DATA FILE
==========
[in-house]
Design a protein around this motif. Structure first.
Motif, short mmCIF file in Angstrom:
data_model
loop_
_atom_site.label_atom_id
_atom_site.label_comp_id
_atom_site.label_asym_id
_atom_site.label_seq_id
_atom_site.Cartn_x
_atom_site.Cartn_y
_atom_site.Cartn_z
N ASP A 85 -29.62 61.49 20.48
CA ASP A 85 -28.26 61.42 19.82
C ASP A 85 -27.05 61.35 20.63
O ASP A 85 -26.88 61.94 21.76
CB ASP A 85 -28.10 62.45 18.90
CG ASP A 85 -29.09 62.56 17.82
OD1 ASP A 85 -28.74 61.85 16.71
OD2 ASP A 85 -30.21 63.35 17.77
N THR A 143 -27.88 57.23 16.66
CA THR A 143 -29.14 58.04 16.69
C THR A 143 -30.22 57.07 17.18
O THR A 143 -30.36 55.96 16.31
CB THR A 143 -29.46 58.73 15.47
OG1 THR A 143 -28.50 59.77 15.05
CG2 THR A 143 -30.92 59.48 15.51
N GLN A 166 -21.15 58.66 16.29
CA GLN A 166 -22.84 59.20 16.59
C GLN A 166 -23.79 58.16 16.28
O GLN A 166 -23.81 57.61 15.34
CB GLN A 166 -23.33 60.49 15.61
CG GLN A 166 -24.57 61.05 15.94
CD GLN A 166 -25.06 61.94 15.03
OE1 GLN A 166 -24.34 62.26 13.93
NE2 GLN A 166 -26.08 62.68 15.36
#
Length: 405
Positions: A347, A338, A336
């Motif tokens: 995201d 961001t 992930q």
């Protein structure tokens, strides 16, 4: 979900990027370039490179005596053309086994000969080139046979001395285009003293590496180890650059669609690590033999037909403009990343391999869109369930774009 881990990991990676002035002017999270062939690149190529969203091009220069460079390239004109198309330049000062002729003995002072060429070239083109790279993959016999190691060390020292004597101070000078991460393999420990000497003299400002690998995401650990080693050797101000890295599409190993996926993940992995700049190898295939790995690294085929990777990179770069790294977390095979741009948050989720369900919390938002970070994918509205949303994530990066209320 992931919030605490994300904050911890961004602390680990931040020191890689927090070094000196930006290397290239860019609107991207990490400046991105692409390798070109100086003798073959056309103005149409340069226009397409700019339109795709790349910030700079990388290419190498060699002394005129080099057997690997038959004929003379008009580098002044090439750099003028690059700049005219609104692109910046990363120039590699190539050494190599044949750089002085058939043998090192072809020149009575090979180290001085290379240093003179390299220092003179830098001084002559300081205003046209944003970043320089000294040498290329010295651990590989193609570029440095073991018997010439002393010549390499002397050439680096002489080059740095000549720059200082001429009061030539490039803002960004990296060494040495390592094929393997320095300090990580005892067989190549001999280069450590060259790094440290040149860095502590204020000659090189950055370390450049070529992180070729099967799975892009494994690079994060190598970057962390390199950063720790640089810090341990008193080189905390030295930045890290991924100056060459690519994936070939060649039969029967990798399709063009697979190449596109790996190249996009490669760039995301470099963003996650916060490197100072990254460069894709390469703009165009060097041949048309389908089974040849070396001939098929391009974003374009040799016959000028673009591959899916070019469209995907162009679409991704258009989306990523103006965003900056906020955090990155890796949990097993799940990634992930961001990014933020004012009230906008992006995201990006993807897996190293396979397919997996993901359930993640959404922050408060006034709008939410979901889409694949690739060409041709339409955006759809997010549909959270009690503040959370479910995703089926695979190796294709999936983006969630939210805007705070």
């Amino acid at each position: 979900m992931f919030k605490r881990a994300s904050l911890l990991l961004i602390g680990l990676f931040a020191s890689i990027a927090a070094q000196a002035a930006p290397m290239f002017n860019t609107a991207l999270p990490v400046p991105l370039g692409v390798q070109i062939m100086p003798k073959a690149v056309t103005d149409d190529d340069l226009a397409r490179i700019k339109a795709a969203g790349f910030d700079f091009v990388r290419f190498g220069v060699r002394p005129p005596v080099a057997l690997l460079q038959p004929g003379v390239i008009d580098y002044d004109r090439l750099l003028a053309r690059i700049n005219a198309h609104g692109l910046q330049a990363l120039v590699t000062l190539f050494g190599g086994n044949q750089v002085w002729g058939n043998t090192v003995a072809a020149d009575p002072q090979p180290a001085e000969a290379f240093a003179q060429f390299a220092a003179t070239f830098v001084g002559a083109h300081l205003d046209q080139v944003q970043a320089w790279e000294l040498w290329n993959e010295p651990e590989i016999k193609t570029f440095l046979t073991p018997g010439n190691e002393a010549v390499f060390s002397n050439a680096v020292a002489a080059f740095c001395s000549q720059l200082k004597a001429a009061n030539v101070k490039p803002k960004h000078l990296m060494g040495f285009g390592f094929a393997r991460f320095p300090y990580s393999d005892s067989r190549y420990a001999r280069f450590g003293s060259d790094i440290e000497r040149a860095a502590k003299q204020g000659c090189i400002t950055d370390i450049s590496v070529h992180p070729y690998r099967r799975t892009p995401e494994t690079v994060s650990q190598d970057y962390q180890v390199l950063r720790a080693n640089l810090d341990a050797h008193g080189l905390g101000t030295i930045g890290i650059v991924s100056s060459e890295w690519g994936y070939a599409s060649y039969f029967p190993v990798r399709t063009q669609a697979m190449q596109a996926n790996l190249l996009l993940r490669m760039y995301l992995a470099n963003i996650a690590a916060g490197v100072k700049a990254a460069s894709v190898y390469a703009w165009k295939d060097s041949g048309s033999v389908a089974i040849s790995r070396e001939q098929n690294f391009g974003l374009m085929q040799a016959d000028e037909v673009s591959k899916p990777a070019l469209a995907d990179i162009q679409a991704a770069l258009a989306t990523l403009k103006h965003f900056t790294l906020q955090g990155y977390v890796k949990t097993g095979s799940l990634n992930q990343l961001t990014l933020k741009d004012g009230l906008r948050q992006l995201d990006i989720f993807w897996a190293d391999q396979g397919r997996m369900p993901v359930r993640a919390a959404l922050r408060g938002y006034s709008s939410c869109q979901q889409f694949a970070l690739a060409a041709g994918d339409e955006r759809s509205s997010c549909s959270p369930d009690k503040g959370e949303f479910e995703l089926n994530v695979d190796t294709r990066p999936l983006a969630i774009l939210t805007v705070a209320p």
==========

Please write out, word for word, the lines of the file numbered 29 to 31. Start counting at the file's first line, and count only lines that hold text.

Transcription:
CA GLN A 166 -22.84 59.20 16.59
C GLN A 166 -23.79 58.16 16.28
O GLN A 166 -23.81 57.61 15.34